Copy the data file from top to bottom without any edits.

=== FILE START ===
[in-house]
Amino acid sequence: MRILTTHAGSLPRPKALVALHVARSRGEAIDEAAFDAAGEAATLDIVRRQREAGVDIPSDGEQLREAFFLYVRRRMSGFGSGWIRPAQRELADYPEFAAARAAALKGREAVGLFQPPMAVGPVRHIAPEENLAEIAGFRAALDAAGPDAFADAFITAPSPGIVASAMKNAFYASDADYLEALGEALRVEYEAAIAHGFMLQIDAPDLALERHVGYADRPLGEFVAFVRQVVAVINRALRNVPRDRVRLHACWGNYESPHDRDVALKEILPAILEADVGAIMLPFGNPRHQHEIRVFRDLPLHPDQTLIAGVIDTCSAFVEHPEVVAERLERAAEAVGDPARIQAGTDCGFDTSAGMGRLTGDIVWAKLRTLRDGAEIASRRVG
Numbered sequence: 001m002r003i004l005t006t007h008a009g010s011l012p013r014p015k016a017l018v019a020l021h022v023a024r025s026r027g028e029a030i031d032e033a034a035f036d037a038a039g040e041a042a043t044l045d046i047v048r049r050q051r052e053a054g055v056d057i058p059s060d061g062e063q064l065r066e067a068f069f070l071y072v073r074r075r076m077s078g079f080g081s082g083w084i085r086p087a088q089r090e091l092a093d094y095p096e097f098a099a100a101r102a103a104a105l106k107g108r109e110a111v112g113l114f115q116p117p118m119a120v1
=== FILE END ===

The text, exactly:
[in-house]
Amino acid sequence: MRILTTHAGSLPRPKALVALHVARSRGEAIDEAAFDAAGEAATLDIVRRQREAGVDIPSDGEQLREAFFLYVRRRMSGFGSGWIRPAQRELADYPEFAAARAAALKGREAVGLFQPPMAVGPVRHIAPEENLAEIAGFRAALDAAGPDAFADAFITAPSPGIVASAMKNAFYASDADYLEALGEALRVEYEAAIAHGFMLQIDAPDLALERHVGYADRPLGEFVAFVRQVVAVINRALRNVPRDRVRLHACWGNYESPHDRDVALKEILPAILEADVGAIMLPFGNPRHQHEIRVFRDLPLHPDQTLIAGVIDTCSAFVEHPEVVAERLERAAEAVGDPARIQAGTDCGFDTSAGMGRLTGDIVWAKLRTLRDGAEIASRRVG
Numbered sequence: 001m002r003i004l005t006t007h008a009g010s011l012p013r014p015k016a017l018v019a020l021h022v023a024r025s026r027g028e029a030i031d032e033a034a035f036d037a038a039g040e041a042a043t044l045d046i047v048r049r050q051r052e053a054g055v056d057i058p059s060d061g062e063q064l065r066e067a068f069f070l071y072v073r074r075r076m077s078g079f080g081s082g083w084i085r086p087a088q089r090e091l092a093d094y095p096e097f098a099a100a101r102a103a104a105l106k107g108r109e110a111v112g113l114f115q116p117p118m119a120v1